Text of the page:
August 6 2012
The Nanny State Comes to the Nursery
Carrie L. Lukas
The Nanny State Comes to the Nursery
Regulating what moms feed their newborns isn't the government's job.
Mayor Michael Bloomberg kicked off the summer by announcing that New Yorkers will no longer be permitted to buy sugary soft drinks in servings larger than 16 ounces. Convinced his constituents are thirsty for even more government oversight, the mayor is now looking to control what new moms feed their newborns by encouraging city hospitals to limit access to baby formula.
New York City women—known for their independence and outspokenness—should reject Mayor Bloomberg's intrusion into this profoundly personal decision. All Americans should take heed of what's happening in New York, where government bureaucrats who respect few limits on their power to run our lives are creating a counterproductive culture of alarmism when it comes to parenting.
First, a what-should-be-unnecessary disclaimer: I'm a mother of four who breast-fed each of the first three for more than a year. My four-month-old has yet to have a sip of formula. Given the health benefits for mother and child, I encourage all new moms to give breast-feeding a try.
Yet breast-feeding can be difficult for those moms with babies who struggle to latch on or who have physical problems of their own. Many women sincerely wish they could breast-feed but can't make it work. Other women, while aware of the benefits, simply make a different choice.
Should these mothers be made to feel guilty about not breast-feeding? Let's leave that to their mothers-in-law. That's not the role of politicians or regulators. After all, while breast milk may be best for babies, formula is a very good second best.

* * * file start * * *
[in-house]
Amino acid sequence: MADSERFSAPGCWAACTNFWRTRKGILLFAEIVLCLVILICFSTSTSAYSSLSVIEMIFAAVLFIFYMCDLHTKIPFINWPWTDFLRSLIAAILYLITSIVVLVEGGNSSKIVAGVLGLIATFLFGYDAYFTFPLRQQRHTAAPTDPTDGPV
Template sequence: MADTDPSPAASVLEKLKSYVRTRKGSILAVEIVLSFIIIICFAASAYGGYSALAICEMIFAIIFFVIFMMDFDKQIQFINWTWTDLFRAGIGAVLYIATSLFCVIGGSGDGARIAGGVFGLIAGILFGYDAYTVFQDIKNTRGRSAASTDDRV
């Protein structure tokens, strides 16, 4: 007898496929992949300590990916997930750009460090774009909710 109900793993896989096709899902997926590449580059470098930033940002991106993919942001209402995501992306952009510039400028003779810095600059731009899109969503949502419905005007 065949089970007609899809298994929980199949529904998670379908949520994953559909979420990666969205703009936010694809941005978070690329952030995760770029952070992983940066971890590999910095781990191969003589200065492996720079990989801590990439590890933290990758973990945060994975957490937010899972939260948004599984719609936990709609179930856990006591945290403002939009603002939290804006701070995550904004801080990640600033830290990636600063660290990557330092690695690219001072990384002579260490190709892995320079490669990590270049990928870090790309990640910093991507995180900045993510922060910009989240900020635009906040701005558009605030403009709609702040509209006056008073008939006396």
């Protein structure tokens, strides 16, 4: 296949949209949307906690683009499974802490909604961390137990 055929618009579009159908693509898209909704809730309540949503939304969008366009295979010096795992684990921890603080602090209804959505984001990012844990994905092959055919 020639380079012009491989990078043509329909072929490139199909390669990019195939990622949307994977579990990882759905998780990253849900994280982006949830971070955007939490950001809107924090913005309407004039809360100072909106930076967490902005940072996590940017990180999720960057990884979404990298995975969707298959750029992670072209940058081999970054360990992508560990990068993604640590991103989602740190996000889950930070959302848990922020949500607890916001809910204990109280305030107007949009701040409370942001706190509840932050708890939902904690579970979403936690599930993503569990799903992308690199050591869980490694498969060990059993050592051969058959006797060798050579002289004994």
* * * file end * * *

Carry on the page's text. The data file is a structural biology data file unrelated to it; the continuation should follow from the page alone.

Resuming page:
Mayor Bloomberg may also be overlooking how the policies he pushes—having hospitals sequester formula, track the reason for the use of each bottle, and lecture women who request it—will work in practice.
Women exhausted from long labors and struggling to recover physically may benefit from a formula-feeding that provides them with much-needed respites. Those better-rested moms may then be more successful with breast-feeding attempts.
Restricting access to formula also sends a message that breast-feeding and formula are binary choices. Today, many women combine breast-feeding with formula use, allowing babies to enjoy the benefits of breast milk. Yet women turned off from physically grueling, every-other-hour feeding schedules in the hospital may give up and turn entirely to formula when they return home.
It wouldn't be the first time that such government guidance has backfired.
Take tuna fish. During my first pregnancy in 2005, too much tuna fish was on the list of no-nos for pregnant women. Eating too much tuna and other seafood risked mercury poisoning, I was warned. I dutifully eliminated tuna—formerly a lunch-time staple—from my diet only to learn later that the official government-sanctioned guidance changed.
It turns out that mercury in tuna was never really much of a threat, and that pregnant women who were avoiding tuna were becoming deficient in the brain-building nutrients that come from fish. By accepting the alarmism of the day, pregnant women like me did our babies a disservice.
Today, parents are bombarded by advice and warnings from politicians and media about how to raise children. It's hard to see how all this overregulation and alarmism are creating better parents or healthier kids. Parents peppered with stories about sports injuries may discourage healthy exercise and athletics, leaving their kids less fit and vulnerable to serious injury.
Government overreach also creates economic costs. Hospitals trying to comply with the mayor's new program will face additional administrative hassles related to documenting formula use.
Mr. Bloomberg's push to eliminate large sodas could mean less revenue for city restaurants, many of which are already struggling to survive, and fewer jobs for New Yorkers. The multitude of new federal and local efforts advanced under the banner of better health—from soda and sugar taxes and marketing restrictions, to limitations on the use of ingredients from transfats to salt—could drive up food costs, which are already burdening cash-strapped American families.
Yet that's not the primary reason to oppose these efforts: Micromanagement is not an appropriate use of government power, and it's an insult to a free people. Mr. Bloomberg and other meddlesome politicians should leave parenting to parents.
Ms. Lukas is the managing director of the Independent Women's Forum.